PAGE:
Hello. I have two questions, I'll be extremely cheerful if anyone can provide an answer.

I have got two equations as follows

$\displaystyle r*U=b+\alpha _{0}*\int_{w_{R}}^{\infty}[W(w)-U]dF(w)$ (1)

$\displaystyle r*W(w)=w+\alpha _{1}*\int_{0}^{\infty}\max (0,W(w^{'})-W(w)))dF(w')+\lambda [U-W(w)]$ (2)

where w' is not the derivative of w, but just describing another value of w.

He says: Let $\displaystyle W(w_{R})=U$, then he evaluates the equation (2) at $\displaystyle w=w_{R}$ (so he gets r*U=....)

Then combines this with (1), (Because (1) and the (2) evaluated at $\displaystyle w=w_{R}$ are equal) to solve for $\displaystyle w_{R}$:

to get: $\displaystyle w_{R}=b+(\alpha _{0}-\alpha _{1})\int_{w_{R}}^{\infty }[W(w')-U]dF(w')$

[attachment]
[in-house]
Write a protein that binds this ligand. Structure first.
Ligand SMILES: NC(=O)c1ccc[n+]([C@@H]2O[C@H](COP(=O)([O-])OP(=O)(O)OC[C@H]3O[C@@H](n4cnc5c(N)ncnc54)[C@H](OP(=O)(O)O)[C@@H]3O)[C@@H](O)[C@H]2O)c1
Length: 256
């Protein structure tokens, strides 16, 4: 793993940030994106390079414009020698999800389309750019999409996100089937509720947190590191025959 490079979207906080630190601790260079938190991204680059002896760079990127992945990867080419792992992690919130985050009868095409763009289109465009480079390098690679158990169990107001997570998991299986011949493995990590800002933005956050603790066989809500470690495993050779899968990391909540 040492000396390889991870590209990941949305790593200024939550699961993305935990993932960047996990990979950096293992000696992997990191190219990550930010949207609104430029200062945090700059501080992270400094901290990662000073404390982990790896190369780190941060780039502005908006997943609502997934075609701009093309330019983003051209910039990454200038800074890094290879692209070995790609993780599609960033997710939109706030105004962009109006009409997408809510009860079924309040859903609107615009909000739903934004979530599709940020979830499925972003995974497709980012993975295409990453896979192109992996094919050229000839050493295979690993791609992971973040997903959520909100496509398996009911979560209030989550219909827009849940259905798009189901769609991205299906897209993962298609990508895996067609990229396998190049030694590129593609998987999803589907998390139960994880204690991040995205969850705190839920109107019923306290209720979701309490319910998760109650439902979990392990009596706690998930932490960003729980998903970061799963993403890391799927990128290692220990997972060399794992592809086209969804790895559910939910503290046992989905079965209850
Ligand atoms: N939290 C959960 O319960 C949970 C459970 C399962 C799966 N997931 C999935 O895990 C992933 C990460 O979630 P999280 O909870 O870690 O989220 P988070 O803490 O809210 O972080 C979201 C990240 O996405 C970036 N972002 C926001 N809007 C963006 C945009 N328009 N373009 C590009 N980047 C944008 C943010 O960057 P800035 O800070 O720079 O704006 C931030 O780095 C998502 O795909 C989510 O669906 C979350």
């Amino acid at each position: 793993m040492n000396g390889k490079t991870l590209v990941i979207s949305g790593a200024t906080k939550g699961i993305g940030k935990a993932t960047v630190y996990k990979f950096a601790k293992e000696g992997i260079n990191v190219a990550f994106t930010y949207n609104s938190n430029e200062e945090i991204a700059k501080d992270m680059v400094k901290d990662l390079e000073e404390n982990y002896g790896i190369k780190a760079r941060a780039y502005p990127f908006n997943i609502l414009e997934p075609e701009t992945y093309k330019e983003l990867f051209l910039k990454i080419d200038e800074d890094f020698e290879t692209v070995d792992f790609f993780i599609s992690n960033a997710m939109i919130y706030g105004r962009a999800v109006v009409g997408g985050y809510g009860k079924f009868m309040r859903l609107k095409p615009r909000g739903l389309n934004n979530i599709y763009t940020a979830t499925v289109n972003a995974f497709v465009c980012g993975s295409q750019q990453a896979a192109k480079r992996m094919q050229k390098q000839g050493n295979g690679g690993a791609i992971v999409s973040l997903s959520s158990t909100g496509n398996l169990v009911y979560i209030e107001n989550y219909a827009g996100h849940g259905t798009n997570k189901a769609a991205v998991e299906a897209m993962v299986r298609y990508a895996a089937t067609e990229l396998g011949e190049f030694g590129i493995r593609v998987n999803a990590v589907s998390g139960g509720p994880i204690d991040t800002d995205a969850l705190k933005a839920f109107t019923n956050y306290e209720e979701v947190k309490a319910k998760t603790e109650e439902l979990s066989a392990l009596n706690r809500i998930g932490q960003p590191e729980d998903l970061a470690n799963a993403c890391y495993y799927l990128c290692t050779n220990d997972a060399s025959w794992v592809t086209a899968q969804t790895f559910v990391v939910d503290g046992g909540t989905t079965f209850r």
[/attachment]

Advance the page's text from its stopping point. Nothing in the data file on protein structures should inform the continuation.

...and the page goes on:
Now my problem is: how does he actually gets that final equation? Because I cannot manage to evaluate (2) at $\displaystyle w=w_{R}$ because that maximum function in the integral really confuses me. Moreover, I don't understand how he merges two integrals with different intervals.

Okay this was the first question.

Second one is, he differentiates the equation (2) to get

$\displaystyle W'(w)=(r+\lambda +\alpha _{1}[1-F(w)])^{-1}$

I can't manage to get this either. I get all my problems come down to that integral with a maximum function in it.

Okay, I hope I could describe it well enough.

Cheers

Burak